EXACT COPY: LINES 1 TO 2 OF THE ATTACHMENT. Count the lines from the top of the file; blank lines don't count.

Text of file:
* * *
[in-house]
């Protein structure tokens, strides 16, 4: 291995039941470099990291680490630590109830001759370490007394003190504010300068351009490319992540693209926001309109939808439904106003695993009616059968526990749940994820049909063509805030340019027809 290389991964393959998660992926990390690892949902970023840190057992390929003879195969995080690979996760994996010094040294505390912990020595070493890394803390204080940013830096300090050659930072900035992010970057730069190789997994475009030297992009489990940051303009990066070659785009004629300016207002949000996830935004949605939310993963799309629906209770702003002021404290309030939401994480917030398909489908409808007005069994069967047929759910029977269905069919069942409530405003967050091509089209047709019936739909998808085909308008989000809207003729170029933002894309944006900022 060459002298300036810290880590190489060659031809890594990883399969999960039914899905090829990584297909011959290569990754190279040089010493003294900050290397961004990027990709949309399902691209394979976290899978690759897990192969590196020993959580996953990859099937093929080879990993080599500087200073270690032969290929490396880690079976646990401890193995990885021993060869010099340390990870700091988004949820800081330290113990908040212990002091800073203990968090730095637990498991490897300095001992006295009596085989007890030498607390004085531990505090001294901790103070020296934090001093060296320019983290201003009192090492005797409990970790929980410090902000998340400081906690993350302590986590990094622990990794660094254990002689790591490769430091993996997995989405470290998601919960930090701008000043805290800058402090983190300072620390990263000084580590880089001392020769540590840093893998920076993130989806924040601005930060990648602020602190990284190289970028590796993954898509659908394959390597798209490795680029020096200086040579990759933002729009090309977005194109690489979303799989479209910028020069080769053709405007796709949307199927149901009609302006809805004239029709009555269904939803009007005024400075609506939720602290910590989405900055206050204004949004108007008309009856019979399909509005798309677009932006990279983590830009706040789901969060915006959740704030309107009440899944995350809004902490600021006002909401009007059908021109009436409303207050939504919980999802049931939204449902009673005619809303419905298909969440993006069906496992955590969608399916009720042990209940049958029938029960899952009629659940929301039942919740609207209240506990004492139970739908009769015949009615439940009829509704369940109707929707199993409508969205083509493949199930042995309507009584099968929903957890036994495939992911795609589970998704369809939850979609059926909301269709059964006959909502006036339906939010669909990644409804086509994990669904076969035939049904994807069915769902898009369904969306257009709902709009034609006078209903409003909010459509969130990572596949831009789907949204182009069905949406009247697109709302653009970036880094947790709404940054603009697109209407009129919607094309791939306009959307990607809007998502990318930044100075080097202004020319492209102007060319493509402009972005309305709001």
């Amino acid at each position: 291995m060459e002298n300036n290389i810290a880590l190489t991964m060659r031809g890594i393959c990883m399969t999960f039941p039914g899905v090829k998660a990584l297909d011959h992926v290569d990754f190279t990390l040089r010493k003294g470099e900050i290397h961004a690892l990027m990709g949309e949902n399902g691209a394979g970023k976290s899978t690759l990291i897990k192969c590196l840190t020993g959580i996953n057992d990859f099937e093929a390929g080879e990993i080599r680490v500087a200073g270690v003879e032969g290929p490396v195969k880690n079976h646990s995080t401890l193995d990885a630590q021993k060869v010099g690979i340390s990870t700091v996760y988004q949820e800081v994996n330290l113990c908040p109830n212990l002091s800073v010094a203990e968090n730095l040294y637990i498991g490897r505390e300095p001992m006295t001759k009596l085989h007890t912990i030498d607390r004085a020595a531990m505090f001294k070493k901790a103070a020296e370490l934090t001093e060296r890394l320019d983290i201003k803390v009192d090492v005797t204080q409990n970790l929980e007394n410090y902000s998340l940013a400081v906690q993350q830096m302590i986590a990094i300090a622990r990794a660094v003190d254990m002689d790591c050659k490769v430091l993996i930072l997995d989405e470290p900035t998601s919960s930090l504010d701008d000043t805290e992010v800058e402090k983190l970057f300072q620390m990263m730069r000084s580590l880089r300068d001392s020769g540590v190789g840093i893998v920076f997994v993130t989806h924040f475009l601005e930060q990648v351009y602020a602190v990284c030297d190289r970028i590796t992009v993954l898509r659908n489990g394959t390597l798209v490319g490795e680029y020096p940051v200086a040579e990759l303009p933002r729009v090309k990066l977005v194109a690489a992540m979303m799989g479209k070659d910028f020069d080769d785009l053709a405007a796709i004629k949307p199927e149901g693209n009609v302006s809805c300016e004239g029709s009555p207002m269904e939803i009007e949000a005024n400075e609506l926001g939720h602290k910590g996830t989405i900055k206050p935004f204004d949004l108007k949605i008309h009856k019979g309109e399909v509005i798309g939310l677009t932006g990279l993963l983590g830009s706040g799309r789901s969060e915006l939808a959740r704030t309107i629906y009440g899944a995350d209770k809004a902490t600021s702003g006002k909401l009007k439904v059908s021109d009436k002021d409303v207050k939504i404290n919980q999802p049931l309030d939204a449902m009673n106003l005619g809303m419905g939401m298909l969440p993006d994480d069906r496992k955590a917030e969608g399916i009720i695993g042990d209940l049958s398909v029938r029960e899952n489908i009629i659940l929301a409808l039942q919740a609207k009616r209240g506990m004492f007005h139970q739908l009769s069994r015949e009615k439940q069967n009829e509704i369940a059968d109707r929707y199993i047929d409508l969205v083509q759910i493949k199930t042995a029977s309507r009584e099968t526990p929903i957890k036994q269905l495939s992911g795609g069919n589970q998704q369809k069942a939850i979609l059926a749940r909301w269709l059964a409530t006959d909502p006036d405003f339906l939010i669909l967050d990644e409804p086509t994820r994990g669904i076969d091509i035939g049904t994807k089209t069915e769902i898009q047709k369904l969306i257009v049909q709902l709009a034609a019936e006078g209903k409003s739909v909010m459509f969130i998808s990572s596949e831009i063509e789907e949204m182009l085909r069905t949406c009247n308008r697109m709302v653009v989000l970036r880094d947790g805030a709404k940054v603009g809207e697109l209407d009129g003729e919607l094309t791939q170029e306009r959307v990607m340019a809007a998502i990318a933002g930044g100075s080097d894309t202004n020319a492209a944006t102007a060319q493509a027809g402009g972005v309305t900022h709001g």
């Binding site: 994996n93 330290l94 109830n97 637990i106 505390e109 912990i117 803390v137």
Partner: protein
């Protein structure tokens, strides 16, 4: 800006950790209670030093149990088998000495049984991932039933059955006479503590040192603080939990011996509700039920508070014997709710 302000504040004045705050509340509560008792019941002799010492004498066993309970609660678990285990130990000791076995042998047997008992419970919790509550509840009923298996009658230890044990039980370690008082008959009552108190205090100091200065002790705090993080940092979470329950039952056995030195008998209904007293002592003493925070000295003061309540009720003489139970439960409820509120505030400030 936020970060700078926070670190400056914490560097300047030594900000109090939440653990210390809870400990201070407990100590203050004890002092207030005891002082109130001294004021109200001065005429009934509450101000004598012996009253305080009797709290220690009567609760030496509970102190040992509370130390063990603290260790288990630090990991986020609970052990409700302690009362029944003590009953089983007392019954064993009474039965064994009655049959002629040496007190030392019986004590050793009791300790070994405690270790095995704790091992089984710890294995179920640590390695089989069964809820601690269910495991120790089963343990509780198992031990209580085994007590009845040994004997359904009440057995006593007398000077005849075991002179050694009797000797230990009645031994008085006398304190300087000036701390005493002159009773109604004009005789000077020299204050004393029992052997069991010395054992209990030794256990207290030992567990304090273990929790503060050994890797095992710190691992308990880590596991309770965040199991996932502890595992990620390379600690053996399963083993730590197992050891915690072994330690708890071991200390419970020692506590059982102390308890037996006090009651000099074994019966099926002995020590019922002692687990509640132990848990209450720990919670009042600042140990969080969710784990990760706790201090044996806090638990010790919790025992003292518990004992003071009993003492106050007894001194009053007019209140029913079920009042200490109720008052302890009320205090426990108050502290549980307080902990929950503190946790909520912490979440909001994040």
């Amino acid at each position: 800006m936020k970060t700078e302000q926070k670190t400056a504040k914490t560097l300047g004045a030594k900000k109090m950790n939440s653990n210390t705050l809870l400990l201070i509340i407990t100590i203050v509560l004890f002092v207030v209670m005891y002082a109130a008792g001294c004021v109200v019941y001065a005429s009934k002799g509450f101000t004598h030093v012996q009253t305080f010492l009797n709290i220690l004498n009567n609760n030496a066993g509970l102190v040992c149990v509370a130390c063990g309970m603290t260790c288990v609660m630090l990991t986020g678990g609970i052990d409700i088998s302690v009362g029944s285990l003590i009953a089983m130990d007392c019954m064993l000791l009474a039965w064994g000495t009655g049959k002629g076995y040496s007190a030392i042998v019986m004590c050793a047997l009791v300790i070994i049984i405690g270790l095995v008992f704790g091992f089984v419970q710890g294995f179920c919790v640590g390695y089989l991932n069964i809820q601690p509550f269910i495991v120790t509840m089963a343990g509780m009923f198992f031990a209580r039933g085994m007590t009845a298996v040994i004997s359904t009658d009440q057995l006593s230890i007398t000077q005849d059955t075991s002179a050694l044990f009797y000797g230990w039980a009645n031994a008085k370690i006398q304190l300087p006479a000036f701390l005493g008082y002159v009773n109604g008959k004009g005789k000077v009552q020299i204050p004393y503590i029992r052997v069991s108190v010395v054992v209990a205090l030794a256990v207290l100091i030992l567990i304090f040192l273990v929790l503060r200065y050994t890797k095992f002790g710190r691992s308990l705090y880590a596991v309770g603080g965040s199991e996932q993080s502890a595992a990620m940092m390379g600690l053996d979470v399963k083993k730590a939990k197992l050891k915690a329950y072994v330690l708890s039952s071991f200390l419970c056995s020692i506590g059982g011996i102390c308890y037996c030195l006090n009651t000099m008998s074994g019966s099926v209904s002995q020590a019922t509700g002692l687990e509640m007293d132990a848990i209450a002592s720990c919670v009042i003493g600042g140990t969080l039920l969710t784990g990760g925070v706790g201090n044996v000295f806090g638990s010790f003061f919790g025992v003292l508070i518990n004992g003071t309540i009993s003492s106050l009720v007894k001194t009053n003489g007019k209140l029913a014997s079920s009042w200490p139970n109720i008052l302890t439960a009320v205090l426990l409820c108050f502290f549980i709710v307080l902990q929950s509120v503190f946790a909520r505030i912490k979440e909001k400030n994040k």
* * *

[in-house]
């Protein structure tokens, strides 16, 4: 291995039941470099990291680490630590109830001759370490007394003190504010300068351009490319992540693209926001309109939808439904106003695993009616059968526990749940994820049909063509805030340019027809 290389991964393959998660992926990390690892949902970023840190057992390929003879195969995080690979996760994996010094040294505390912990020595070493890394803390204080940013830096300090050659930072900035992010970057730069190789997994475009030297992009489990940051303009990066070659785009004629300016207002949000996830935004949605939310993963799309629906209770702003002021404290309030939401994480917030398909489908409808007005069994069967047929759910029977269905069919069942409530405003967050091509089209047709019936739909998808085909308008989000809207003729170029933002894309944006900022 060459002298300036810290880590190489060659031809890594990883399969999960039914899905090829990584297909011959290569990754190279040089010493003294900050290397961004990027990709949309399902691209394979976290899978690759897990192969590196020993959580996953990859099937093929080879990993080599500087200073270690032969290929490396880690079976646990401890193995990885021993060869010099340390990870700091988004949820800081330290113990908040212990002091800073203990968090730095637990498991490897300095001992006295009596085989007890030498607390004085531990505090001294901790103070020296934090001093060296320019983290201003009192090492005797409990970790929980410090902000998340400081906690993350302590986590990094622990990794660094254990002689790591490769430091993996997995989405470290998601919960930090701008000043805290800058402090983190300072620390990263000084580590880089001392020769540590840093893998920076993130989806924040601005930060990648602020602190990284190289970028590796993954898509659908394959390597798209490795680029020096200086040579990759933002729009090309977005194109690489979303799989479209910028020069080769053709405007796709949307199927149901009609302006809805004239029709009555269904939803009007005024400075609506939720602290910590989405900055206050204004949004108007008309009856019979399909509005798309677009932006990279983590830009706040789901969060915006959740704030309107009440899944995350809004902490600021006002909401009007059908021109009436409303207050939504919980999802049931939204449902009673005619809303419905298909969440993006069906496992955590969608399916009720042990209940049958029938029960899952009629659940929301039942919740609207209240506990004492139970739908009769015949009615439940009829509704369940109707929707199993409508969205083509493949199930042995309507009584099968929903957890036994495939992911795609589970998704369809939850979609059926909301269709059964006959909502006036339906939010669909990644409804086509994990669904076969035939049904994807069915769902898009369904969306257009709902709009034609006078209903409003909010459509969130990572596949831009789907949204182009069905949406009247697109709302653009970036880094947790709404940054603009697109209407009129919607094309791939306009959307990607809007998502990318930044100075080097202004020319492209102007060319493509402009972005309305709001």